Support Grows for Clearing Home Care Worker’s Criminal Record
When a home health care worker’s criminal record was expunged by a New York district judge earlier this year, the decision thrust the issue of employment discrimination based on past criminal convictions into the spotlight. For an industry that anticipates a shortage of caregivers in the future, the ruling was a boost for a growing movement to reduce or eliminate criminal background checks that bar employment.
The New York Times editorial board recently took to the opinion pages to voice support for the decision in the case, which concluded in May. The woman, named only as Jane Doe in court records, filed an application to have her record expunged after being unable to keep a job in home health care. Her past conviction of fraud—though not relevant to health care—has led to her firing at least “half a dozen times” over the past decade, court records show. Her record was expunged by the same judge who sentenced her in 2002, though no federal laws allow for expungement, the NY Times reported.
The ruling marks a changing attitude about criminal convictions in the United States. Several states and U.S. cities have adopted “Ban the Box” legislation over the past few years in an effort to increase fair chances for people with criminal convictions to be hired. This type of legislation bans the “box” where applicants are asked to answer if they have ever been convicted of a felony. While some of these laws do not prohibit employers from conducting a criminal background search later in the hiring process, the initiative aims to help an employer consider a job candidate’s qualifications without the stigma of a conviction.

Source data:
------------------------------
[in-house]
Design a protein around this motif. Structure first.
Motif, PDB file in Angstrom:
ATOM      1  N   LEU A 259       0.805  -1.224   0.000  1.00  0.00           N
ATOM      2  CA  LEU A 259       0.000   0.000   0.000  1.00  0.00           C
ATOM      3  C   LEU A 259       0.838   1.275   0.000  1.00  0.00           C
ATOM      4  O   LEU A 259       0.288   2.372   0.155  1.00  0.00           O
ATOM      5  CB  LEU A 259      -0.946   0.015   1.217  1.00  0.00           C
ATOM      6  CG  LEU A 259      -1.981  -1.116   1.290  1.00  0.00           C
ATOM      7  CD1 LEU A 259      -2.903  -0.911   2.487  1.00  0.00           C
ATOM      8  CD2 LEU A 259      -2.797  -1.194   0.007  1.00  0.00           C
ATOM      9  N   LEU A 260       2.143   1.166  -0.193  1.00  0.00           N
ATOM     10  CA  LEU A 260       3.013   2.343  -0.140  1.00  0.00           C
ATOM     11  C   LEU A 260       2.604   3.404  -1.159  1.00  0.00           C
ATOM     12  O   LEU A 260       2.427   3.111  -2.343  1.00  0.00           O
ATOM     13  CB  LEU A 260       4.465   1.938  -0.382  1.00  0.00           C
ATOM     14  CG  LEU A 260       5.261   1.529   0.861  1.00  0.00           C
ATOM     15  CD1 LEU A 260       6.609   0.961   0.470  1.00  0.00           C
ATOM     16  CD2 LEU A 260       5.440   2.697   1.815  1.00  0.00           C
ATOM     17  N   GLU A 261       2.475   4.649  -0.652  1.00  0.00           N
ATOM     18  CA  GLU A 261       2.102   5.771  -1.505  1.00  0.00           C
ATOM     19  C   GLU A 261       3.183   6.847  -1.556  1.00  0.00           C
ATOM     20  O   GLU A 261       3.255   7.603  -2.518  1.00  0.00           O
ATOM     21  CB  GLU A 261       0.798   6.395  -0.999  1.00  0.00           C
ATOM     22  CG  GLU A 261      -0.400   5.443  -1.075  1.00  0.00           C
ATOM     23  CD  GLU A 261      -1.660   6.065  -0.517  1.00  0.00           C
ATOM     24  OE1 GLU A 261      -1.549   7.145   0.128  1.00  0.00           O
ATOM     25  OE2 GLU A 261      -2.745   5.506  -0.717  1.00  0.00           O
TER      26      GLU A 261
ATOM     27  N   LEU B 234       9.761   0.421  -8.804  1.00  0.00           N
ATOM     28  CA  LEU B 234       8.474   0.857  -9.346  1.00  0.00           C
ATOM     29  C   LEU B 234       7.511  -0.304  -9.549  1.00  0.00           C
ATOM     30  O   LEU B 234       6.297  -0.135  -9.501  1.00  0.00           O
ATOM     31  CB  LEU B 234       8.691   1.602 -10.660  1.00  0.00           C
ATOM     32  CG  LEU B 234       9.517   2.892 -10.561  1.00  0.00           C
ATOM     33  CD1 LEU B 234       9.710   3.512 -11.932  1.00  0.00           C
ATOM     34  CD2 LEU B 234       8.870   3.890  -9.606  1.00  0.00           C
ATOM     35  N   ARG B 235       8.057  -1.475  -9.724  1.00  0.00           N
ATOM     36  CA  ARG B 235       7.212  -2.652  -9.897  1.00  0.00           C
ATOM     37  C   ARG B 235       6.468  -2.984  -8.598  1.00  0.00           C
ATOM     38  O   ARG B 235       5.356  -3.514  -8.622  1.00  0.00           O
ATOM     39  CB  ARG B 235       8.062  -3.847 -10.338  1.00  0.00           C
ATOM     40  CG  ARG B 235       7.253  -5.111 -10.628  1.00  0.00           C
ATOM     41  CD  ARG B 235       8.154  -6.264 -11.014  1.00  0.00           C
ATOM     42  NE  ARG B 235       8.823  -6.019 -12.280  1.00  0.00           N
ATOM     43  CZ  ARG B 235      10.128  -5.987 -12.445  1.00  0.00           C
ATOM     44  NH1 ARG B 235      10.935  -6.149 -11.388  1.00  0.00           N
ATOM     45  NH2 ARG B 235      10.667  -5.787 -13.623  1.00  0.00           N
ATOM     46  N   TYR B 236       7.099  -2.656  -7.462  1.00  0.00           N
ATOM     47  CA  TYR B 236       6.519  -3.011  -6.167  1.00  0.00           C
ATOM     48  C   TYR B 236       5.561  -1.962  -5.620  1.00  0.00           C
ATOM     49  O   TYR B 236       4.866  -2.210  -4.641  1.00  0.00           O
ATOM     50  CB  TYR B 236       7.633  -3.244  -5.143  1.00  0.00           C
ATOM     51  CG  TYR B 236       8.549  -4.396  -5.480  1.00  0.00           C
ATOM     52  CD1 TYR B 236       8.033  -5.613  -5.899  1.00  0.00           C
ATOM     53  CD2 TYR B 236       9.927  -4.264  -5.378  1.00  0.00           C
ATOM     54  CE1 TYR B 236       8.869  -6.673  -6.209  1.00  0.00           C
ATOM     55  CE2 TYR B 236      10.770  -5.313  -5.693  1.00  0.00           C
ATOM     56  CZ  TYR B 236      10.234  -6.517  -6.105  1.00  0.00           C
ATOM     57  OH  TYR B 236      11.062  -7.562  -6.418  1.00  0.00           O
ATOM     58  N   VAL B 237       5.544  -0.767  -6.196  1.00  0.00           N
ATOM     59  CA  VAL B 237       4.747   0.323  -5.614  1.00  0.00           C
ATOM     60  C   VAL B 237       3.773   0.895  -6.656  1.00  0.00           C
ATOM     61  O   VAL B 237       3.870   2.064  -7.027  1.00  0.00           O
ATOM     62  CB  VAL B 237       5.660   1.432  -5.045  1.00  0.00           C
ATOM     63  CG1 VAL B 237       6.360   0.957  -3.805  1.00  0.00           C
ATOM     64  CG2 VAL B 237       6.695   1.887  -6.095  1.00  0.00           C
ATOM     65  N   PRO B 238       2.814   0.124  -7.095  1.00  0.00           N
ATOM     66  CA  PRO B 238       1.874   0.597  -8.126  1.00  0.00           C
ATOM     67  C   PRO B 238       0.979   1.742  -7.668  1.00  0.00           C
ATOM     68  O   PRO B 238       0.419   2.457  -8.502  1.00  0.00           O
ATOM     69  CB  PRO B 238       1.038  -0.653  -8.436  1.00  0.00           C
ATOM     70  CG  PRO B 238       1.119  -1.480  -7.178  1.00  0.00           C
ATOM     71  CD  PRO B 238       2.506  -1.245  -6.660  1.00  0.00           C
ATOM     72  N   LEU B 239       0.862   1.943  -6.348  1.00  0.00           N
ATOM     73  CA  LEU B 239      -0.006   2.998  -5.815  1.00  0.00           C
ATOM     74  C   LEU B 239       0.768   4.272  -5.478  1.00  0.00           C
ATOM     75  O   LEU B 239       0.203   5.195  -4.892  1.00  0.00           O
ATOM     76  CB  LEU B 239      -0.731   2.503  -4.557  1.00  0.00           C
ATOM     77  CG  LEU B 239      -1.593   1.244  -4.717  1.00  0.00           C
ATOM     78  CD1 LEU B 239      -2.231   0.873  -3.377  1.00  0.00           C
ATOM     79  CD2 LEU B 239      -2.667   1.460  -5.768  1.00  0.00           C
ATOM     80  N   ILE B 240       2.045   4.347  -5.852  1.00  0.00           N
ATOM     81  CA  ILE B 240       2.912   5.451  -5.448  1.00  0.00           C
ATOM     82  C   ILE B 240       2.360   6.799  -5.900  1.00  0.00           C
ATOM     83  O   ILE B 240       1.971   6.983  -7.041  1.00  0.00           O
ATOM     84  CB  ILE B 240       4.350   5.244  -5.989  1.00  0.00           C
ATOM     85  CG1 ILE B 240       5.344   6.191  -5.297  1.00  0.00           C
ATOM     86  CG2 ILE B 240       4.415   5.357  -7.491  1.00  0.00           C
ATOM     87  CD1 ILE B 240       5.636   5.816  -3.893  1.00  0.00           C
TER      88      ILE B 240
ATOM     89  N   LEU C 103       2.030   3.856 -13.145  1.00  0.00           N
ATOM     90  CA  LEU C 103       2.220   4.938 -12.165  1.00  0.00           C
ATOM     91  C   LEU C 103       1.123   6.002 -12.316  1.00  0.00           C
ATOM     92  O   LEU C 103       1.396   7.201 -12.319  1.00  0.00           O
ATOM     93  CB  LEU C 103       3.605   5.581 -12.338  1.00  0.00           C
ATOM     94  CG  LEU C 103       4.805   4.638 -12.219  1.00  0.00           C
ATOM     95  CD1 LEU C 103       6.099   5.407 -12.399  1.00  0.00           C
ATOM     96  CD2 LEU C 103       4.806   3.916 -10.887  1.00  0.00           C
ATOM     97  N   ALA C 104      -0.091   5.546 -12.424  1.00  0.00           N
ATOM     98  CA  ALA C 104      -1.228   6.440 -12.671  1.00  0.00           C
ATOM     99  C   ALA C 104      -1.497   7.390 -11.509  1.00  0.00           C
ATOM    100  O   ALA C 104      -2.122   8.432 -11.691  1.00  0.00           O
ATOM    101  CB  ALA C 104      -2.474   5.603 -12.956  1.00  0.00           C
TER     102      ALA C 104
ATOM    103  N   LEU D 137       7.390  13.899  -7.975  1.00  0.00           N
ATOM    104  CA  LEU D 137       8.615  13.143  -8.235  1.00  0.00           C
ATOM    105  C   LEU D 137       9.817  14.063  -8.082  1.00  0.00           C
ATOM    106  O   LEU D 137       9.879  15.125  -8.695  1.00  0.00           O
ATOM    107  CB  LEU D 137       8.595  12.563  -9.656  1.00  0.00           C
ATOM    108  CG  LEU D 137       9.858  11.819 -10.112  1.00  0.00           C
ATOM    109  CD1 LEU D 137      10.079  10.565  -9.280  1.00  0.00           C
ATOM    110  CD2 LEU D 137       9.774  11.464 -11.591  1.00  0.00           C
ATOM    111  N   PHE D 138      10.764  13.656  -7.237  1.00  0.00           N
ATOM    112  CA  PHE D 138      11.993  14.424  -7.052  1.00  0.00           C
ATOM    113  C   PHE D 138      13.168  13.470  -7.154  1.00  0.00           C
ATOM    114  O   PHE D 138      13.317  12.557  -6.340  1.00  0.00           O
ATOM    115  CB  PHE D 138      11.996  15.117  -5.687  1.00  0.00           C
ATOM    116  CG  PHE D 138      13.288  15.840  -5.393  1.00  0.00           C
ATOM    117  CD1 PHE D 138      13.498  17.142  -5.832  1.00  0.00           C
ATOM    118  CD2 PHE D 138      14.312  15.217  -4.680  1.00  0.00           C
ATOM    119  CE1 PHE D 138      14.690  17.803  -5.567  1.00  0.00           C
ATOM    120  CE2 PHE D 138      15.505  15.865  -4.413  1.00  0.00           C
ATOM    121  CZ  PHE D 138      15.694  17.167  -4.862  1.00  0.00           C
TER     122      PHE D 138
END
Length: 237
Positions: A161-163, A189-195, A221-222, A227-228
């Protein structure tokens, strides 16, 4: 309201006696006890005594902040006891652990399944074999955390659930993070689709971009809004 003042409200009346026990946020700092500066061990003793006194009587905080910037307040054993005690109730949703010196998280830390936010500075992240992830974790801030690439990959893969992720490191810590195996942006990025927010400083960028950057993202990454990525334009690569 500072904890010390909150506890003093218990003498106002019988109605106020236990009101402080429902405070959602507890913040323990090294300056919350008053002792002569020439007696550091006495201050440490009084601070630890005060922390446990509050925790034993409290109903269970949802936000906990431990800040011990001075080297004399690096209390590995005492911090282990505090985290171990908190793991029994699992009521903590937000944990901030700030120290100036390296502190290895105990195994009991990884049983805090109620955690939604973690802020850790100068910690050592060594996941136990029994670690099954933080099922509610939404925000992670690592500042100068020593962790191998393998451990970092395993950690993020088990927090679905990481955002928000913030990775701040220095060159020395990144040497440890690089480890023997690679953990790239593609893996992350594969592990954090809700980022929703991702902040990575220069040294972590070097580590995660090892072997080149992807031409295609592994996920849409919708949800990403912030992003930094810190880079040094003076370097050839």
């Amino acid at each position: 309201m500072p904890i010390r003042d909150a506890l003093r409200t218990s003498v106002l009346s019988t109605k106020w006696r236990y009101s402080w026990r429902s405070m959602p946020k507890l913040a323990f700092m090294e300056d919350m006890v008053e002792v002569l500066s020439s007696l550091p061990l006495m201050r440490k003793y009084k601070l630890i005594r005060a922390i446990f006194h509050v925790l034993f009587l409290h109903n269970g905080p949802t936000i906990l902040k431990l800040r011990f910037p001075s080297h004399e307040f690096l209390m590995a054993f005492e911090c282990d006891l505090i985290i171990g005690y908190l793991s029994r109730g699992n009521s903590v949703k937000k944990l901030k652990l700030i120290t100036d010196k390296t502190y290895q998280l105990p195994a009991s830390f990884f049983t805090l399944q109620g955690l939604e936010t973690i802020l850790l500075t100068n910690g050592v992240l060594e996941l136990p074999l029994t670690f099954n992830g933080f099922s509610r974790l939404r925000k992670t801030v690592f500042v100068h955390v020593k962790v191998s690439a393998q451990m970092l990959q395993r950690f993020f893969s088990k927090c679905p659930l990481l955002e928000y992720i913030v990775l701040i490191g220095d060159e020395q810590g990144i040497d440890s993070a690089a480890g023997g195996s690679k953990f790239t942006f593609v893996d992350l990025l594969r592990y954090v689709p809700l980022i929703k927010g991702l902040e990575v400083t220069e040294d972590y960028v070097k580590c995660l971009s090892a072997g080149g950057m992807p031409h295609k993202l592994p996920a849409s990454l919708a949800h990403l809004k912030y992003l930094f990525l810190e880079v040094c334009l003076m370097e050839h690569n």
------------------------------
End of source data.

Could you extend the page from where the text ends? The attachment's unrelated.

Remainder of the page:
There are nearly 70 million people in the U.S. living with a criminal conviction, or nearly one in four adults, who are subject to thousands of laws that can prevent employment and prohibit many other rights, according to the NY Times. The restrictions and consequences can follow Americans throughout their entire lives, even after completing sentences for non-violent, minor crimes.
The woman was involved in an insurance fraud case from 2001, where she netted just $2,500 for faking an injury following a staged car accident. She was sentenced to five years of probation, 10 months of home detention and ordered to pay restitution in the amount of $46,701 by U.S. District Court Judge John Gleeson in March 2002.
Gleeson granted her request after finding that her criminal record was preventing her from keeping a job as a home health worker.
“There is no justification for continuing to impose this disability on her,” Judge Gleeson wrote. “I sentenced her to five years of probation supervision, not to a lifetime of unemployment.”
The court documents also cited a letter from Attorney General Eric Holder to the State Governors that noted how past criminal convictions “impose additional burdens on people who have served their sentences without increasing public safety in essential ways.”
“Simply put, the public safety is better served when people with criminal convictions are able to participate as productive members of society by working and paying taxes,” Judge Gleeson wrote in his ruling.
Written by Amy Baxter